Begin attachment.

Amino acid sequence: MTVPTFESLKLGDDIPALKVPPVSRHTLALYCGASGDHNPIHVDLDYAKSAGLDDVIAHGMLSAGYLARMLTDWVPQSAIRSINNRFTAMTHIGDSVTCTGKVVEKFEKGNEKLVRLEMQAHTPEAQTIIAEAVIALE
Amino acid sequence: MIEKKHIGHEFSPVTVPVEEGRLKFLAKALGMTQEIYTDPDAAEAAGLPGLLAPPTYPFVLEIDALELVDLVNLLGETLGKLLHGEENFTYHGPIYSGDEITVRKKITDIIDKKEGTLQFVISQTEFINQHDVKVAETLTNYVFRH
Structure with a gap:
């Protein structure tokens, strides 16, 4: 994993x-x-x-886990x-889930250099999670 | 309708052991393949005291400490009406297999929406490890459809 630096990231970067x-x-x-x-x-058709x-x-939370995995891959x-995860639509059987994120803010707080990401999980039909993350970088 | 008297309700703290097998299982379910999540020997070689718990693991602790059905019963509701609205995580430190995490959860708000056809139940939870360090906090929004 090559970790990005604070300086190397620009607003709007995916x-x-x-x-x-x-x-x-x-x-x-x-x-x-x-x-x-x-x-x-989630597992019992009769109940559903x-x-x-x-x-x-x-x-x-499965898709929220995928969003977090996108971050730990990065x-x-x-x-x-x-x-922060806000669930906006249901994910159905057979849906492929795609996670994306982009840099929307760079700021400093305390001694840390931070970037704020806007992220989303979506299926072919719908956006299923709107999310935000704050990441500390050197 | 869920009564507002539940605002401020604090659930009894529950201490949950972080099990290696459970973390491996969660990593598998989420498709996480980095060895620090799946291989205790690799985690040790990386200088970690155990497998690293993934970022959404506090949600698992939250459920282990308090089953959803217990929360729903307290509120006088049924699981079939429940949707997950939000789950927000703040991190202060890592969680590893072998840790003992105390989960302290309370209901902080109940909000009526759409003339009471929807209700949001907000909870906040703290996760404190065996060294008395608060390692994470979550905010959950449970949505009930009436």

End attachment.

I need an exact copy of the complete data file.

Amino acid sequence: MTVPTFESLKLGDDIPALKVPPVSRHTLALYCGASGDHNPIHVDLDYAKSAGLDDVIAHGMLSAGYLARMLTDWVPQSAIRSINNRFTAMTHIGDSVTCTGKVVEKFEKGNEKLVRLEMQAHTPEAQTIIAEAVIALE
Amino acid sequence: MIEKKHIGHEFSPVTVPVEEGRLKFLAKALGMTQEIYTDPDAAEAAGLPGLLAPPTYPFVLEIDALELVDLVNLLGETLGKLLHGEENFTYHGPIYSGDEITVRKKITDIIDKKEGTLQFVISQTEFINQHDVKVAETLTNYVFRH
Structure with a gap:
């Protein structure tokens, strides 16, 4: 994993x-x-x-886990x-889930250099999670 | 309708052991393949005291400490009406297999929406490890459809 630096990231970067x-x-x-x-x-058709x-x-939370995995891959x-995860639509059987994120803010707080990401999980039909993350970088 | 008297309700703290097998299982379910999540020997070689718990693991602790059905019963509701609205995580430190995490959860708000056809139940939870360090906090929004 090559970790990005604070300086190397620009607003709007995916x-x-x-x-x-x-x-x-x-x-x-x-x-x-x-x-x-x-x-x-989630597992019992009769109940559903x-x-x-x-x-x-x-x-x-499965898709929220995928969003977090996108971050730990990065x-x-x-x-x-x-x-922060806000669930906006249901994910159905057979849906492929795609996670994306982009840099929307760079700021400093305390001694840390931070970037704020806007992220989303979506299926072919719908956006299923709107999310935000704050990441500390050197 | 869920009564507002539940605002401020604090659930009894529950201490949950972080099990290696459970973390491996969660990593598998989420498709996480980095060895620090799946291989205790690799985690040790990386200088970690155990497998690293993934970022959404506090949600698992939250459920282990308090089953959803217990929360729903307290509120006088049924699981079939429940949707997950939000789950927000703040991190202060890592969680590893072998840790003992105390989960302290309370209901902080109940909000009526759409003339009471929807209700949001907000909870906040703290996760404190065996060294008395608060390692994470979550905010959950449970949505009930009436």